Were on the brink of the era of deep ocean mining, says a global pioneer in the study of sea floor mineral deposits. Dr. Steven Scott, a geologist at the University of Toronto, in Toronto, Canada says that advances in marine geology and deep ocean technology have combined to make it realistic to go more than two kilometres underwater for gold and other mineral treasures.
Its a transformation that he says has evoked a knee-jerk reaction over the possible environmental impacts of this mining, which he believes could be less destructive than terrestrial mining.
Presently, the worlds first two neophyte marine mining companies, Nautilus Minerals and Neptune Minerals are actively exploring the possibility of mining deep sea floor deposits. Neptune is assessing deposits it holds the rights to in territorial waters off the north coast of New Zealands North Island. Nautilus and its joint venture partner Placer Dome, a Canadian gold mining company, are collecting samples from a deposit to which Nautilus holds the rights in the Bismarck Sea off the eastern coast of Papua New Guinea.
Greenland ice flow likely to speed up: New data assert glaciers move over sediment, which gets more slippery as it gets wetter
17.08.2017 | Swansea University
Climate change: In their old age, trees still accumulate large quantities of carbon
17.08.2017 | Universität Hamburg
Whether you call it effervescent, fizzy, or sparkling, carbonated water is making a comeback as a beverage. Aside from quenching thirst, researchers at the University of Illinois at Urbana-Champaign have discovered a new use for these "bubbly" concoctions that will have major impact on the manufacturer of the world's thinnest, flattest, and one most useful materials -- graphene.
As graphene's popularity grows as an advanced "wonder" material, the speed and quality at which it can be manufactured will be paramount. With that in mind,...
Physicists at the University of Bonn have managed to create optical hollows and more complex patterns into which the light of a Bose-Einstein condensate flows. The creation of such highly low-loss structures for light is a prerequisite for complex light circuits, such as for quantum information processing for a new generation of computers. The researchers are now presenting their results in the journal Nature Photonics.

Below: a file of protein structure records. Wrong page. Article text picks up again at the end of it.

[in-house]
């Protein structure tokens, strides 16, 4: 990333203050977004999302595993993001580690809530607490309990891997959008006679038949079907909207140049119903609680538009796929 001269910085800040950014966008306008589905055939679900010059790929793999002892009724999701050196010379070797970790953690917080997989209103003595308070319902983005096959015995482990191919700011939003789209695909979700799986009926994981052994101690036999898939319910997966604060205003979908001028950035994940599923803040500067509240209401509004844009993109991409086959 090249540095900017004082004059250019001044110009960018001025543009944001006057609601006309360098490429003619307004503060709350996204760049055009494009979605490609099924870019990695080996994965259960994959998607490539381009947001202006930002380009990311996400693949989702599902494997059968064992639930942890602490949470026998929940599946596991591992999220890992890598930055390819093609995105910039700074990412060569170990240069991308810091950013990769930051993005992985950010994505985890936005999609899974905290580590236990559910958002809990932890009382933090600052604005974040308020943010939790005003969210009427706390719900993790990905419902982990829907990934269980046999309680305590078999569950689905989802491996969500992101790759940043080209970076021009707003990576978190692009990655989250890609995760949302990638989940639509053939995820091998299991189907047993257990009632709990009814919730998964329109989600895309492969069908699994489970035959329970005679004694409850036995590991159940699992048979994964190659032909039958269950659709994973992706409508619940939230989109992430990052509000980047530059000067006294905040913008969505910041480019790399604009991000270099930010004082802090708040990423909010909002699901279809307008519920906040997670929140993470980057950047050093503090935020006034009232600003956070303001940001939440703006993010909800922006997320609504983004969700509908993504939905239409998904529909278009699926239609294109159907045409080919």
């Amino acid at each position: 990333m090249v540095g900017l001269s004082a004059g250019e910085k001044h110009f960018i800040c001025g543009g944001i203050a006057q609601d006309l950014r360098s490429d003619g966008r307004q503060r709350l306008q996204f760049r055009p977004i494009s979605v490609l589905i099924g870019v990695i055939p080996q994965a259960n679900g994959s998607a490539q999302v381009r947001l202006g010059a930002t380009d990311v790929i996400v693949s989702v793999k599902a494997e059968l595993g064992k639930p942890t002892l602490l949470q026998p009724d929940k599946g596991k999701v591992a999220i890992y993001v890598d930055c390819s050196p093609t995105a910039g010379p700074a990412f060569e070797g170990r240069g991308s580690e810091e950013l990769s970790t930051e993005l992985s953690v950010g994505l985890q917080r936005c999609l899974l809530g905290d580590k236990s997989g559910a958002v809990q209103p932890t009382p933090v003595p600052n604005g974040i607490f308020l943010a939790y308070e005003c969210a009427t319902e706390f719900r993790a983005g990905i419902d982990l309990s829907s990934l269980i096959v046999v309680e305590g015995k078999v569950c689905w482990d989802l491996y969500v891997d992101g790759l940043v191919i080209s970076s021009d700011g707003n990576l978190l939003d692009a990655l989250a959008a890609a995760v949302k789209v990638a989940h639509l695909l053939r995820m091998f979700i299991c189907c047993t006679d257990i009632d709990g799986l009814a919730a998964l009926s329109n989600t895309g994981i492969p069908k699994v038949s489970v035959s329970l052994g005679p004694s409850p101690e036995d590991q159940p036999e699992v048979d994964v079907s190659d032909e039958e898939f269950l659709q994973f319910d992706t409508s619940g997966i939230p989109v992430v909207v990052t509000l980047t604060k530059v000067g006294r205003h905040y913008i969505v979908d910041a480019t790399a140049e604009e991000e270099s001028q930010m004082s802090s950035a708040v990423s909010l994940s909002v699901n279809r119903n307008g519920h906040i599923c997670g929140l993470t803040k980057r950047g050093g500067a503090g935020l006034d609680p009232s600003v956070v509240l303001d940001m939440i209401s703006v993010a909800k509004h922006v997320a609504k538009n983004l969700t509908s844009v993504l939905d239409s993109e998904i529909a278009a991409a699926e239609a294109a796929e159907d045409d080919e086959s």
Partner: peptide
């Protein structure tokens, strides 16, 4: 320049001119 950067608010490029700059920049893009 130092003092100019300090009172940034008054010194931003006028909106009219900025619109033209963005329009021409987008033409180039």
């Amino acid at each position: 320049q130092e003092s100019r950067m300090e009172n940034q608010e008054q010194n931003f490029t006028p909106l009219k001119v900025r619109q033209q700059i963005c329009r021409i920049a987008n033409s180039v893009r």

Light particles (photons) occur as tiny, indivisible portions. Many thousands of these light portions can be merged to form a single super-photon if they are...
For the first time, scientists have shown that circular RNA is linked to brain function. When a RNA molecule called Cdr1as was deleted from the genome of mice, the animals had problems filtering out unnecessary information – like patients suffering from neuropsychiatric disorders.
While hundreds of circular RNAs (circRNAs) are abundant in mammalian brains, one big question has remained unanswered: What are they actually good for? In the...
An experimental small satellite has successfully collected and delivered data on a key measurement for predicting changes in Earth's climate.
The Radiometer Assessment using Vertically Aligned Nanotubes (RAVAN) CubeSat was launched into low-Earth orbit on Nov. 11, 2016, in order to test new...
A study led by scientists of the Max Planck Institute for the Structure and Dynamics of Matter (MPSD) at the Center for Free-Electron Laser Science in Hamburg presents evidence of the coexistence of superconductivity and “charge-density-waves” in compounds of the poorly-studied family of bismuthates. This observation opens up new perspectives for a deeper understanding of the phenomenon of high-temperature superconductivity, a topic which is at the core of condensed matter research since more than 30 years. The paper by Nicoletti et al has been published in the PNAS.
Since the beginning of the 20th century, superconductivity had been observed in some metals at temperatures only a few degrees above the absolute zero (minus...
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